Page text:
This year proved to be another turning point for digital marketing.
As in 2021, more retail brands adjusted or outright overhauled their marketing strategies this year, as a number of factors made the digital marketing tactics that many DTC previously relied upon untenable.
For one, the Meta advertising exodus continued in 2022 — a trend that began in the spring of 2021 when Apple’s iOS updates went into effect. And as inflation eats up marketing budgets, retail brands are also looking for less expensive ways to reach customers.
As such, e-commerce brands moved more of their ad spend to newer, experimental top-of-funnel channels like TikTok and Pinterest. while also investing more in organic content and marketing efforts. As they head into 2023, online retailers and brands are grappling with how to experiment with these newer tactics while still keeping their marketing mix effective enough to convert customers. In turn, their latest challenge is balancing tried-and-true — yet expensive — advertising with riskier campaigns.
Betting on organic marketing for long-term growth
One immediate change some DTC founders have made — especially those who need to extend their cash runway — is reducing ad spend, and focusing on acquiring customers through organic top-of-funnel marketing.
Women’s health brand Stix, which sells fertility and pregnancy-related products, is one such DTC company that overhauled its marketing strategy this year.
Stix co-founder Jamie Norwood told Modern Retail that until the beginning of 2022, Stix was following “a fairly traditional marketing playbook” that heavily featured Meta and TikTok ads. But by the second half of this year, Stix cut paid marketing by 80%, leaving only Google ads for branded search and affiliate marketing through the company’s PR agency. “We’re now only paying for ROAS-positive marketing,” she said, adding that the decision was made once Stix’s CAC “went through the roof” following last year’s iOS14 update.
“We decided to try growing organically, and if that impacts revenue for a while so be it,” Norwood said. “Our revenue only fell by about 20%, which was encouraging.”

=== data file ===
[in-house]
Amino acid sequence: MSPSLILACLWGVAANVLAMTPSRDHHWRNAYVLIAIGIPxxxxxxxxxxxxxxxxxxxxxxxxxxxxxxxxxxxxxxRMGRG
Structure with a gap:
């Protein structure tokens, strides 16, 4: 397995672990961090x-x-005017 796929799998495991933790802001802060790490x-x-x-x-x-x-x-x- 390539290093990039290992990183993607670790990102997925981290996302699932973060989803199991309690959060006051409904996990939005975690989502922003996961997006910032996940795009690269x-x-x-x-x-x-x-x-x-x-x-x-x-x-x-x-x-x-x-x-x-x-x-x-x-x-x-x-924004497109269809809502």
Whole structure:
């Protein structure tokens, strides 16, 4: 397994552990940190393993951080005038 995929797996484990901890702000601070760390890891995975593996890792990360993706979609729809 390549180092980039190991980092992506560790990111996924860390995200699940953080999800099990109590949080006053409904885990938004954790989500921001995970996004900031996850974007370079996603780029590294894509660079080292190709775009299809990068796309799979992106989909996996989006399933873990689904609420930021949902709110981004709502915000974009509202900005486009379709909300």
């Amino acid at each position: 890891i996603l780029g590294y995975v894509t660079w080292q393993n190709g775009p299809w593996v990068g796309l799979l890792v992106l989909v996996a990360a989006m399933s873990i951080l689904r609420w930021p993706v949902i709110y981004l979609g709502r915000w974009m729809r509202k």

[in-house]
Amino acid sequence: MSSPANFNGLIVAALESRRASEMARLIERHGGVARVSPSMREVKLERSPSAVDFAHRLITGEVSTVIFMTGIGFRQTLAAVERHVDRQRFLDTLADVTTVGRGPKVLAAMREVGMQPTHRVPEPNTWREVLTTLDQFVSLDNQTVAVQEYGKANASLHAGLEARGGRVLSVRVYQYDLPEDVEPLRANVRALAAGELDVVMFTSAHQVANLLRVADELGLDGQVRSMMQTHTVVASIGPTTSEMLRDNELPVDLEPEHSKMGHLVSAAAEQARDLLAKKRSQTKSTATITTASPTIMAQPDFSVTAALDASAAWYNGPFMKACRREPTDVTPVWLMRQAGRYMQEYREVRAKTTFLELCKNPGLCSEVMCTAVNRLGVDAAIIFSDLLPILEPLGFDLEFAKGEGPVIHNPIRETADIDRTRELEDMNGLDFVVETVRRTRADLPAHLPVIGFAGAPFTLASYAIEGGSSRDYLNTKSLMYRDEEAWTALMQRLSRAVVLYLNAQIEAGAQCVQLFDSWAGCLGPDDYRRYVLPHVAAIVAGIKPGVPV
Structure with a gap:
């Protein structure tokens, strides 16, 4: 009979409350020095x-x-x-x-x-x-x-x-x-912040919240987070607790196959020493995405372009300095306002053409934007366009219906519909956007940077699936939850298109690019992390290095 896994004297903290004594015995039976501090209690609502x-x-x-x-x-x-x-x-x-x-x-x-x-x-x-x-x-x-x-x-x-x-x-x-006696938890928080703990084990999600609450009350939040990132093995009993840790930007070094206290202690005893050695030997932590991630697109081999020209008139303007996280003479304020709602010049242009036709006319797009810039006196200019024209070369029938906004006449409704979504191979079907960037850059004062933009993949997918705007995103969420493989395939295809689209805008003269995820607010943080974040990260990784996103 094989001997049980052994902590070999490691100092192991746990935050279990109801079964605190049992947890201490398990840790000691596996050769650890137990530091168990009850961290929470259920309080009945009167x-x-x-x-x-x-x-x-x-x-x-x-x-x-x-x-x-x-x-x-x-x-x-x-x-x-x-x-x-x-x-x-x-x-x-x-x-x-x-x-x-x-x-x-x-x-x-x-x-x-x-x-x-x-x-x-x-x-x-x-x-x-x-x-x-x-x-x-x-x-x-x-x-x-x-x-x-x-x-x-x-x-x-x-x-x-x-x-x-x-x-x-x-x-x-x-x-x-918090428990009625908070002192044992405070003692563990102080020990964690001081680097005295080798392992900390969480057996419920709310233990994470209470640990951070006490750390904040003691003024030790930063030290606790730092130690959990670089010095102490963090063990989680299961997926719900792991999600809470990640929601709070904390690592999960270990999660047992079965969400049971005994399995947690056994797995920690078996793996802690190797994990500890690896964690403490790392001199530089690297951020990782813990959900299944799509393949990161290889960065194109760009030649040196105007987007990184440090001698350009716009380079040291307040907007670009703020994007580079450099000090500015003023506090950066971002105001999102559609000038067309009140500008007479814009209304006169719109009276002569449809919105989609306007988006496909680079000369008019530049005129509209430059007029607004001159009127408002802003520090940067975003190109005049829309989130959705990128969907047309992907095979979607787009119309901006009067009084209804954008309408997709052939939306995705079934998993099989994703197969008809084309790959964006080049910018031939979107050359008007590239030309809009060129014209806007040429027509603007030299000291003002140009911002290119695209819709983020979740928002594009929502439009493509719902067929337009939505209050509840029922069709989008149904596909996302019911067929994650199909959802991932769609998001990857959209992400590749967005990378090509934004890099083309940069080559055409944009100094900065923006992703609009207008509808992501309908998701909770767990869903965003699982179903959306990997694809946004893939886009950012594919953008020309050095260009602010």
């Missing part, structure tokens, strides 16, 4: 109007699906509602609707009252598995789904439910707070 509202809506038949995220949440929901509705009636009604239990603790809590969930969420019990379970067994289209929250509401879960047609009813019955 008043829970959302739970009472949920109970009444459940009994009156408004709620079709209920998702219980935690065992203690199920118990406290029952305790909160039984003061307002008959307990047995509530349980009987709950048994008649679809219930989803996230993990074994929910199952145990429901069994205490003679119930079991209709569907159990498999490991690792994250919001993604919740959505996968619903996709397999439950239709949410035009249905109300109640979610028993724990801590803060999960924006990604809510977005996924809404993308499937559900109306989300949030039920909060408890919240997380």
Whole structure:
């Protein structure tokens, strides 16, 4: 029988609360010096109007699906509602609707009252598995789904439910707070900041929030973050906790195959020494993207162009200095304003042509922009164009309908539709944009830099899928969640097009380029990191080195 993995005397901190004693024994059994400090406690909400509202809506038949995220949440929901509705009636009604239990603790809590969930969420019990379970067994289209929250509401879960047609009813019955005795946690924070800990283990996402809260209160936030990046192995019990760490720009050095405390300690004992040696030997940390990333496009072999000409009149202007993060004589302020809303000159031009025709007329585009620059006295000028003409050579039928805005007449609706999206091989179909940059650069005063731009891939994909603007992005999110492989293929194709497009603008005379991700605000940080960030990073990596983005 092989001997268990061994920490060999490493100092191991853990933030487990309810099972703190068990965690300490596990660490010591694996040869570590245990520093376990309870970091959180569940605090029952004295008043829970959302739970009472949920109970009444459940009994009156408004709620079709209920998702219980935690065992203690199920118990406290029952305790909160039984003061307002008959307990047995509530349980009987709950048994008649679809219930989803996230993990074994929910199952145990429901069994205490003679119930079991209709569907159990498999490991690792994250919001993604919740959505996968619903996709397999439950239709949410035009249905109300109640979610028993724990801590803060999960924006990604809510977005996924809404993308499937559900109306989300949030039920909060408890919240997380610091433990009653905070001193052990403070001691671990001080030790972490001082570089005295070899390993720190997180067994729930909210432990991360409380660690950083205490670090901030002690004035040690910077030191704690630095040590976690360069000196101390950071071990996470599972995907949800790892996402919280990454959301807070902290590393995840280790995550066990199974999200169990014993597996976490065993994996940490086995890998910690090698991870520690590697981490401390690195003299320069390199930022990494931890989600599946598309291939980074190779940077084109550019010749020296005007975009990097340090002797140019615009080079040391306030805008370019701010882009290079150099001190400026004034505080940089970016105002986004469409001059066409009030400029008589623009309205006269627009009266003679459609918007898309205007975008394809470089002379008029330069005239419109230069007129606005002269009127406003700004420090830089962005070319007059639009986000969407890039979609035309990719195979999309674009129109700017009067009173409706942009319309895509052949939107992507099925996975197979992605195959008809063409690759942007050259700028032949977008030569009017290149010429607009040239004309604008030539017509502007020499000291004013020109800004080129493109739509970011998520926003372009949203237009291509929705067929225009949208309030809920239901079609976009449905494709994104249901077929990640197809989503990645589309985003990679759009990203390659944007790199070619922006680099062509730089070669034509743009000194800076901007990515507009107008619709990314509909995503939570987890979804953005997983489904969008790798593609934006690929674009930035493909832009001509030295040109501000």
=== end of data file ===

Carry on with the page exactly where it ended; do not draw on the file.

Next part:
The result emboldened Stix to invest in organic educational content, such as its blog Real Talk, which Norwood said helps drive over half of Stix’s website traffic. Much of the blog’s topics are geared toward answering women’s Google questions via its SEO headlines.
The company’s co-founders and employees also started posting on TikTok more regularly, often talking about Stix-related topics like sexual and vaginal health. The brand’s page just hit 30,000 followers, with one of its most viral posts titled “what does your period blood mean?” The post currently has over three million plays and 140,000 likes. “Everyone on our team of nine has our TikTok password, and we ping each other for daily post ideas,” Norwood said.
Overall, the gamble is paying off so far, with revenue counting to grow despite Stix cutting ad spend. “Our Q4 revenue was still up from Q3 after making that change,” Norwood said. “And our total year-over-year 2022 revenue is up over 100% over 2021,” she added.
Finding more bold ways to raise awareness is top of mind for other founders of emerging startups.
Coconut spread brand Kokada launched in January 2021 and expanded as part of Target’s Forward Founders Accelerator. Kokada founder Breanna Atkinson said the company is all about on-the-ground marketing in 2023 to promote its retail presence.
“We are literally hitting streets and stamping sidewalks, putting up catchy flyers and doing pop-ups featuring male models,” she said. “2023 is all about guerrilla marketing for us.”
Partnerships will also play a big role in Kokada’s growth in 2023. This year, Kokada saw positive traction from food service partnerships, which have become popular among CPG brands. The brand is increasingly looking to partner with smoothie shops, acai bowl stores and bakeries around the country, Atkinson said.
She added that this is a good way to get customers discovering the brand’s spreads before purchasing at a local retailer. The rise in brand awareness has also helped Kokada land more retail launches, such as Mother’s Nature and Erewhon in the past two months.